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TayorMade hits another home run with some minor tweaks to an already-great golf ball.
TaylorMade has never shied away from taking chances where technology is involved. The company that brought us three different ways to adjust a driver and a slot behind the face of a fairway wood to increase the CoR is back, and continues to up their golf ball game.
Already the first company to introduce a five-layer golf ball, TaylorMade has seen their golf ball line take off recently. The TP5 is the fourth premium golf ball TaylorMade has brought to market since their entrance in the mid-2000s, and they’re gaining traction on the PGA Tour as well as in pro shops worldwide. 25 million Pentas were put into play around the globe in 2011, and Darren Clarke used a PentaTP en route to his Open Championship victory.
TaylorMade’s golf ball market share doubled in 2011, continuing their inroads into a business dominated by the likes of Titleist, Bridgestone, Callaway, and others, and this year they’re aiming to bring their (healthy) obsession with innovation back to the golf ball. Read on to see how they did.
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The Hex Black Tour ball is Callaway’s best offering to date giving any player a solid option when looking for a premium ball.
The new Callaway Hex Black Tour ball hits all the marks to compete with the other premium balls on the market.
The premium ball market has been dominated by a certain company for – what seems like – an eternity. I was one of the many who followed along and used the newest ball that came out every year. That was, until last year.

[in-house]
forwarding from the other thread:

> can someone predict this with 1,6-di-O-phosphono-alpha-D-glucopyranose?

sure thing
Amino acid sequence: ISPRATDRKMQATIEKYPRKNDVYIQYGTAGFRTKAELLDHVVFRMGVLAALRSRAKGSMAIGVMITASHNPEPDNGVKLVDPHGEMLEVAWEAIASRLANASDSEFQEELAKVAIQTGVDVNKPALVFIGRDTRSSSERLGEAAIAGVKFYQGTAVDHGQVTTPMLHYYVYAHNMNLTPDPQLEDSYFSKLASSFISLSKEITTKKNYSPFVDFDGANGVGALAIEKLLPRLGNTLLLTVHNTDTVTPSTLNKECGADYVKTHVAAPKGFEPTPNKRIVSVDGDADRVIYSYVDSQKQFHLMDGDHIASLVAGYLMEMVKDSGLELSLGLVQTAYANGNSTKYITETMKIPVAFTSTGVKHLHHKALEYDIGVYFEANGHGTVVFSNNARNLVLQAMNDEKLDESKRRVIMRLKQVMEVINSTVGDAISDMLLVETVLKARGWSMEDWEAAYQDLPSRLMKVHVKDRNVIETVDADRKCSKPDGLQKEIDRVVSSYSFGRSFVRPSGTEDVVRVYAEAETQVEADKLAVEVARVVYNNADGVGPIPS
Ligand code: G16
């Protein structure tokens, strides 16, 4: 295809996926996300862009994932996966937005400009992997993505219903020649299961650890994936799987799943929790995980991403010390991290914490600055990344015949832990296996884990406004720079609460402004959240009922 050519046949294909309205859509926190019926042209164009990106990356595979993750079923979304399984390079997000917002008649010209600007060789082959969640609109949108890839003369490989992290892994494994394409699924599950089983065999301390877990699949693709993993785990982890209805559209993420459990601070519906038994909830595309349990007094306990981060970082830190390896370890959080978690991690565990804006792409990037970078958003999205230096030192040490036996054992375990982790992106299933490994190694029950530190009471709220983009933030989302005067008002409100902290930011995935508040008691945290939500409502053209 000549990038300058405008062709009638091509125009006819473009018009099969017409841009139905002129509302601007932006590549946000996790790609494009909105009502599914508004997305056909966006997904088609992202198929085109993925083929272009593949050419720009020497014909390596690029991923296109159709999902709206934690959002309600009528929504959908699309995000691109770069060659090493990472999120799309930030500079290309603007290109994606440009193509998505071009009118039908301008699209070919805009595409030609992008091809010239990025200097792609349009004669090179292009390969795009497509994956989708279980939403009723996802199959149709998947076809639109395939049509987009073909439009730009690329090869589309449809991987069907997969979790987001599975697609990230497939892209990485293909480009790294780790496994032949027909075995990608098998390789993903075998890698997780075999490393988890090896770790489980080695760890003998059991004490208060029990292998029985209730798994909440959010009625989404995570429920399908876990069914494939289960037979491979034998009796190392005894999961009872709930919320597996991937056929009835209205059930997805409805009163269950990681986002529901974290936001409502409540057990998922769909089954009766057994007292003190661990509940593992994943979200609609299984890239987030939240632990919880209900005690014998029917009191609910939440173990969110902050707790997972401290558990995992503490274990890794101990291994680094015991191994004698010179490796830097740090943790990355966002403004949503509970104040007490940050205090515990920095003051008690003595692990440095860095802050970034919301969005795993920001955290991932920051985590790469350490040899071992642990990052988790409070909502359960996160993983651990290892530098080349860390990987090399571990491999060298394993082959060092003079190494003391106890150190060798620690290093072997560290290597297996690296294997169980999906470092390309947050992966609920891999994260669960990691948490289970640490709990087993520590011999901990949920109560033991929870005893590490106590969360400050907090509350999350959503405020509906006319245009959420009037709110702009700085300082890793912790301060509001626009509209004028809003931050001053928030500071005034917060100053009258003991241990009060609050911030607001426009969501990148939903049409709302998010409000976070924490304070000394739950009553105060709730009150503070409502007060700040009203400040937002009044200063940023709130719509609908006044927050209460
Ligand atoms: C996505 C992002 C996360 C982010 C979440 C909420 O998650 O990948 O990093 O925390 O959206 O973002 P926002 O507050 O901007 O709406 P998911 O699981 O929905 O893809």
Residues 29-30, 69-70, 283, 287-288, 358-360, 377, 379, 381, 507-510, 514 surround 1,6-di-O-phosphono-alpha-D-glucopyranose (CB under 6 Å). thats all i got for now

I picked up a new ball (cough, Penta, cough) that felt just a bit better in nearly every aspect. What this did was open my eyes a bit more to the other balls on the market. One of those I tried was the Callaway Tour i(s). I hadn’t hit a Callaway ball in years and didn’t expect much. To say I was pleasantly surprised would be an understatement. This is coming from a bit of a ball snob.
So when the new Hex Black Tours came on the market I eagerly wanted to give them a try and see what they had to offer. How did they compare to the #1 ball on tour and my current favored ball? Read on to find out.
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If you play golf, then Bridgestone’s probably got a ball for you. Read our thoughts on the premium B330 line.
Many golfers might be surprised to know that, in terms of dollar market share, Bridgestone Golf has grown to become the number two golf ball in the industry. Bridgestone Golf began manufacturing its first golf balls on U.S. soil in 1990 under the Precept brand, and while it’s only been seven years since the Bridgestone Golf U.S. brand was launched, the company has been producing golf balls since 1935 and they are the number one golf ball producer in Japan.